NB I wrote this post last week, in Singapore but was too busy shopping to finish writing it. Hopefully posting it from here in the Philippines isn’t too confusing…

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Each country we’ve moved on to in our travels has been more modern, more developed, more reliable, richer, cleaner and safer than the last.

In the mountains of Nepal we were walking through regions where everything not made from wood or yaks had to be carried in on the backs of porters, and even in Kathmandu, all roads were single lane and buying anything above necessities was often a laborious task taking up much of the day, if they were available at all.

Arriving in Thailand seemed like being transported into the future – landing in Bangkok was like being swept into a sci-fi film, with its fast cars, neon signs and slick crowds… until we reached Malaysia, where everything again grew bigger and less ramshackle.

But now we have reached Singapore, and suddenly even Malaysia seems ramshackle.

We came travelling in part to escape our safe, predictable, comfortable Western lives. We wanted adventure. We wanted to experience life as the other half of the World’s population live it. And we have. But as well as being stimulating, travelling is also tiring. So arriving in what is essentially a modern Western city after six months on the road is rather a relief.

It’s a chance go shopping without endless haggling, take taxis without arguing over fares, to travel by easy-to-understand, punctual public transport, to enjoy people speaking perfect English, to drink the water and trust the food, to have your privacy respected by strangers, to trust the police. Not that there aren’t downsides: it’s expensive, commercial and scarily strict. But we’re only here for a week. Hopefully we can behave ourselves.

And the city itself is amazing. The skyline is a mosaic of skyscrapers, the monorail is clean and fast, the streets are clean, the people healthy-looking and well-groomed. Like Central London with the grubby bits erased.

So, for a brief few days before we fly out to the Philippines, we’re recharging our batteries and depleting our savings. We’re visiting sights (the zoo, Universal Studios, the ArtScience museum, the famous Raffles Hotel), gawping at the architecture, eating Western food, spending hours in the seemingly endless shopping malls refreshing our well-worn wardrobes, collecting a parcel in the only poste restante we trust in the region, buying gadgets… I’m even going to a game shop for an evening to indulge my hobby of wargaming.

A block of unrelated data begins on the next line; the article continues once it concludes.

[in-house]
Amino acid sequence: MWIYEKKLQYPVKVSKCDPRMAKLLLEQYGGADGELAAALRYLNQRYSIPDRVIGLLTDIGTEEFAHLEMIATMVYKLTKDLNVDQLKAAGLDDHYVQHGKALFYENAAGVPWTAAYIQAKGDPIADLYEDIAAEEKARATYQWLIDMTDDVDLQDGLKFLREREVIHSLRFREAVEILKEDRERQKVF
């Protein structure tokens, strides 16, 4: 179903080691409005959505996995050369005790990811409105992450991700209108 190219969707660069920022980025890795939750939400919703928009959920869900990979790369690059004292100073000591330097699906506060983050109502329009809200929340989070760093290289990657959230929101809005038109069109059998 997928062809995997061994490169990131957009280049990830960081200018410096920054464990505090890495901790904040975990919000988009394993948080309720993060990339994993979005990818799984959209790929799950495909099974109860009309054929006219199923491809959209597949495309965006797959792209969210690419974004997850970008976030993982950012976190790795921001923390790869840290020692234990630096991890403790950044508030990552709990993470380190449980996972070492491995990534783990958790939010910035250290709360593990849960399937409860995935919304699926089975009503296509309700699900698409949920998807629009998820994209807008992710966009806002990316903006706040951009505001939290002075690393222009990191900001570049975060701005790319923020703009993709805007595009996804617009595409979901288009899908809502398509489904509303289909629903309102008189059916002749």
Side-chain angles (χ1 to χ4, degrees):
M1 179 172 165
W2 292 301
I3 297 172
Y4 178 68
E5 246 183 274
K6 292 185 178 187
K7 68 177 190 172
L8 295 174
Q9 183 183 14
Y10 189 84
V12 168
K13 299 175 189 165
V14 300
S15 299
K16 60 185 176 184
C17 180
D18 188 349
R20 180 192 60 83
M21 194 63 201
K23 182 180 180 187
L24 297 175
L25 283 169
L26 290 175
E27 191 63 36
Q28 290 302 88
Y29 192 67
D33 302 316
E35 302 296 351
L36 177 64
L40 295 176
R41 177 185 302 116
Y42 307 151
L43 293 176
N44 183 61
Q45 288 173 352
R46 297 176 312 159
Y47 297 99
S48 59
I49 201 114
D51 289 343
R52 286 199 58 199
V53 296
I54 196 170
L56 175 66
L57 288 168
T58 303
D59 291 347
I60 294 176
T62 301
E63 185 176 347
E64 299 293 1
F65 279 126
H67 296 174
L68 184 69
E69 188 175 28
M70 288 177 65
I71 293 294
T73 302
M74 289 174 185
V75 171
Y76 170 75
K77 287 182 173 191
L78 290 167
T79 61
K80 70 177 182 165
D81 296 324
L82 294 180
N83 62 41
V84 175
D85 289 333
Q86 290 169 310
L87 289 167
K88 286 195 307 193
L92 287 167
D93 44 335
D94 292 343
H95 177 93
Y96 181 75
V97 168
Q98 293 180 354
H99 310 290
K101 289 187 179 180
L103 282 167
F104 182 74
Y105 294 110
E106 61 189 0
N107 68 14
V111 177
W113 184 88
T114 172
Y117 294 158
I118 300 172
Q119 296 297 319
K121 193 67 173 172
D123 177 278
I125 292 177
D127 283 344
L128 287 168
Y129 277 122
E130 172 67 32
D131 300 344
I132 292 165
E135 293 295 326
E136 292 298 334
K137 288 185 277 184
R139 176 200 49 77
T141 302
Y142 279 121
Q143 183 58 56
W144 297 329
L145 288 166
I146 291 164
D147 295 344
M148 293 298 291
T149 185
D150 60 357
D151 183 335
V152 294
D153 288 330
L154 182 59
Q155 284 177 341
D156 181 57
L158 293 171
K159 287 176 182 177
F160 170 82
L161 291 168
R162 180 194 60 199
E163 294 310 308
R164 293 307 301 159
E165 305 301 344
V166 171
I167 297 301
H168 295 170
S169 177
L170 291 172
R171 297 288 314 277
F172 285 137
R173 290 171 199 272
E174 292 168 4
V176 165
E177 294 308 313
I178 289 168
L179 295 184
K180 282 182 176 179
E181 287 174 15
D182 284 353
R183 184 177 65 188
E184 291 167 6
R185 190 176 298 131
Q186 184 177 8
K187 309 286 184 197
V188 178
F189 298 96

I reckon I’ll be ready to leave here before long, but until then, we’re all enjoying the relief that is Singapore – a home from home while our money lasts.

My Foot

My Injured Foot

We’ve been to some dangerous places on this trip: Himalayan peaks, secluded jungles, lonely beaches, rocky reefs, pitch-black swim-throughs, remote diving trips, not to mention trying to negotiate third-World-city traffic… yet it was only yesterday that I had my first injury. In Legoland. That’s right. In possibly Asia’s safest, most engineered-so-not-even-toddlers-can-have-an-accident environment, I managed to slip and tear a big chunk out of my foot.

Walking along, carrying a big inner tube for one of the water slides, my knee inexplicably buckled, my foot slipped on the smooth stone and just as it was flying forward as fast as possible, crossed over from smooth flooring to (ironically) a rough, non-slip one. Unfortunately, it seems that non-slip surfaces, when attacked at high velocity by bare skin, turn from safety feature to cheese grater, leaving me in this case, several lumps of foot lighter.

Now my foot is all bandaged up and I’m walking with a limp… just as we’re arriving in Singapore where there’s nothing much else to do but walk around malls, parks, tourists sights, zoos and the like. And next we’re headed to the Philippines where I was really forward to diving with whale sharks. I really hope my foot’s healed enough to wear fins within the next few weeks.

Unfortunately, Singapore is by far the safest place we’ve visited on our travels. Which probably means I should be particularly careful. It seems that it’s the safe places you need to watch out for.